The sunlight that filters through the bricks makes for a lovely courtyard, allowing for an atmospheric transformation throughout the day, every day.

Beyond the Screen by OBBA

Natural ventilation

By splitting the building into two volumes, it allows all of the units to have three open sides, maximising the natural cross-ventilation throughout.

Roof garden

The roof garden is open to the sky, with a parapet wall at full-floor height, creating a private communal space for the residents.

Beyond the Screen by OBBA

Privacy

The brick screen walls, in their orderly staggered stacking construction, allows for privacy from the exterior gaze of the adjacent buildings into the semi-exterior, semi-public core of the building. This filter is applied, not only in the central core zone, but at specific moments where the building closely faces adjacent buildings. This adds to the privacy of each unit, while allowing for the residents of each unit the flexibility in ventilation, allowing each unit to breathe naturally.

Beyond the Screen by OBBA

The design also takes into consideration the client’s point of view, with an attempt to satisfy cost efficiency and profitability through quality design:

Area

The skipped floor structure allows residents to enter their units directly from the stair landings, eliminating unnecessary, dead public hallway space, and maximizing the area for exclusive use.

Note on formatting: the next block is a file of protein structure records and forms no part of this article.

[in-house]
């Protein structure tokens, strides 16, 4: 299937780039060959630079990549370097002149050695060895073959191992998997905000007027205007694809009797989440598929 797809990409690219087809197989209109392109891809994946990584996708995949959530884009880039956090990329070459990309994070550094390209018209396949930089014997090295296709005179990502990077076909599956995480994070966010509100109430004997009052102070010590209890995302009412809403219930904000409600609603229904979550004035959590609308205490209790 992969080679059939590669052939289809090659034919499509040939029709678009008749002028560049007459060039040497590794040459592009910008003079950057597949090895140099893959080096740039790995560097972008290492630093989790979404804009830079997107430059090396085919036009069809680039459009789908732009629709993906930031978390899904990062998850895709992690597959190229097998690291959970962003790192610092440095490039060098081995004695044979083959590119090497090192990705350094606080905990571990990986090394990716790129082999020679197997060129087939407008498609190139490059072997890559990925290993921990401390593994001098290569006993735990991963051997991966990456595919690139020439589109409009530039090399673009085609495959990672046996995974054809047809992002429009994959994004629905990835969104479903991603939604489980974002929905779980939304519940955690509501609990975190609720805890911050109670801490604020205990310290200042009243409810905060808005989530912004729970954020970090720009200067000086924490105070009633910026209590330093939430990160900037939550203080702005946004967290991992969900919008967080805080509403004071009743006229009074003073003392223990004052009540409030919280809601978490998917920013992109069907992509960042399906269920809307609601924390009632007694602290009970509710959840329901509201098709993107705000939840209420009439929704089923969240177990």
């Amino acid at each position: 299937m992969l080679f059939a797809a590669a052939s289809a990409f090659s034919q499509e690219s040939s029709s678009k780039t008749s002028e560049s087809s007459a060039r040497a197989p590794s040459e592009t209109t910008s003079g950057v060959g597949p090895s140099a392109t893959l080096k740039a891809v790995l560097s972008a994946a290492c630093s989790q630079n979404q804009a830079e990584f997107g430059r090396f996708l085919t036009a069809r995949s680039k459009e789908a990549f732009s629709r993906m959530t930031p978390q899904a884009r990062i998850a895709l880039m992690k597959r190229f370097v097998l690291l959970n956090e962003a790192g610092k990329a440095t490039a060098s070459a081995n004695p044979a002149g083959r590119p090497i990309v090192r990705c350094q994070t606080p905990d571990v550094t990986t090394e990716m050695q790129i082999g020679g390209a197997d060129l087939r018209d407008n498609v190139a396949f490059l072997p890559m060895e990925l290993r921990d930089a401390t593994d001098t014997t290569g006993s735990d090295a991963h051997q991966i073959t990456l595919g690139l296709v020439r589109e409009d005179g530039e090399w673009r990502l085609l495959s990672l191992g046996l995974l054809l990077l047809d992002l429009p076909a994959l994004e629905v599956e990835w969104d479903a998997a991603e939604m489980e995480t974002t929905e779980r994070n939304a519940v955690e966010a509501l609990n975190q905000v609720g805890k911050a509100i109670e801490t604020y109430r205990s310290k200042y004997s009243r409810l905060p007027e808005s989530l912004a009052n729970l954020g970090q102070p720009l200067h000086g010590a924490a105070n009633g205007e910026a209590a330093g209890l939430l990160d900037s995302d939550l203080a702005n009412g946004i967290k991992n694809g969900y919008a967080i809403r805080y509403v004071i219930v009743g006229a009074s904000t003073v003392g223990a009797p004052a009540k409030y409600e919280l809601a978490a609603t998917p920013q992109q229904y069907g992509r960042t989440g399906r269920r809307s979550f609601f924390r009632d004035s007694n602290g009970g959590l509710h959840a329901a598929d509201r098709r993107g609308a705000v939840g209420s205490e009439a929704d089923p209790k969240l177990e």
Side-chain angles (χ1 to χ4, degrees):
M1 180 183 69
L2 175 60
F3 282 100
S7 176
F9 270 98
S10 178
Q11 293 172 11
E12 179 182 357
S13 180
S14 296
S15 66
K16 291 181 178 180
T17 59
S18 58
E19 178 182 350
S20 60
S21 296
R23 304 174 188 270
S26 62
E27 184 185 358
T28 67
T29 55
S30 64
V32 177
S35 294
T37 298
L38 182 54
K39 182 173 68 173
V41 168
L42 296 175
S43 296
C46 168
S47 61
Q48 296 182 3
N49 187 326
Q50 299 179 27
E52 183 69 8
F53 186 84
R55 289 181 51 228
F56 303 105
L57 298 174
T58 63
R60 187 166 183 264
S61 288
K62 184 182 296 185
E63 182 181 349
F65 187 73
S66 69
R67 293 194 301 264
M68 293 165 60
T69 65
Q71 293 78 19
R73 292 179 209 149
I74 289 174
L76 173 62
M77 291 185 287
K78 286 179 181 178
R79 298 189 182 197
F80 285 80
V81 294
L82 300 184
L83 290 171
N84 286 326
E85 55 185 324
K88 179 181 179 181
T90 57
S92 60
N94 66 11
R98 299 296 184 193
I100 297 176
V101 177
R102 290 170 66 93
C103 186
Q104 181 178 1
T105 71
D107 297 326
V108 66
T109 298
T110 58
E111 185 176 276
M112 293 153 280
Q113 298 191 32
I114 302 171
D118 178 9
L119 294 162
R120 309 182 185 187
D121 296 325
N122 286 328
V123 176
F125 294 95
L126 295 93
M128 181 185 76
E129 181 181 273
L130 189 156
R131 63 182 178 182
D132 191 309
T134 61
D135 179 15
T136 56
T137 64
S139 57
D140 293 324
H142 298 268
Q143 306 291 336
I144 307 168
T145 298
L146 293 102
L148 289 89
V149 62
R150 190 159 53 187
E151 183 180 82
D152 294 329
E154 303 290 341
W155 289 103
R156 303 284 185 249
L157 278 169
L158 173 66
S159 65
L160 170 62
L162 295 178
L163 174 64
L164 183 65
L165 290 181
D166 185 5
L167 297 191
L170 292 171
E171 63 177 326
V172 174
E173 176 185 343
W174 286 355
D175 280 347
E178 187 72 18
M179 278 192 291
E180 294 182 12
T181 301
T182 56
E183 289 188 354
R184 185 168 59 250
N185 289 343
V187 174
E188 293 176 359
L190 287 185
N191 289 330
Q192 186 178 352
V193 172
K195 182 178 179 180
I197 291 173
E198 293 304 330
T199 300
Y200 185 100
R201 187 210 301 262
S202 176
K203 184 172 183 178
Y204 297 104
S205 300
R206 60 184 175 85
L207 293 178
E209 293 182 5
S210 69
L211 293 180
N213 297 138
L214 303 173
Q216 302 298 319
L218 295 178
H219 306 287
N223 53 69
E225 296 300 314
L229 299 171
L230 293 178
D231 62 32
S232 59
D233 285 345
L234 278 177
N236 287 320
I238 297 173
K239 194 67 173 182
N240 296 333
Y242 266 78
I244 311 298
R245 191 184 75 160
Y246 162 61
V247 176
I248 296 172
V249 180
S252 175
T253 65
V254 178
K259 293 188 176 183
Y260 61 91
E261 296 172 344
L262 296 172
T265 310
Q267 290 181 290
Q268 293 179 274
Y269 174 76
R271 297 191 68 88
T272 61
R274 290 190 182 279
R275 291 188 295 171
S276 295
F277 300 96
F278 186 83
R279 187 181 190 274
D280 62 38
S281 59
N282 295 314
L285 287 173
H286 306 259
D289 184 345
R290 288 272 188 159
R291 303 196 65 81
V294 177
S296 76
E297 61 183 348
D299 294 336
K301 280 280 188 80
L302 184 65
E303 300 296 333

Beyond the Screen by OBBA

Cost Efficiency

With a limited construction budget, but aiming to satisfy all of the essentials for living, the design of the building and the units focused on only the absolute necessities, without being superfluous with custom materials and built-in furniture, but with quality materials and fixtures that were economical.

Beyond the Screen by OBBA
Ground floor plan - click for larger image

Uniqueness

In order to provide the client with something new and different from the monotonous characteristics of the area, their needs were met through a quality of design that allows the building to stand apart within the existing streetscape of multi-family housing, both formally and in function, resulting in a new type of residential experience and use.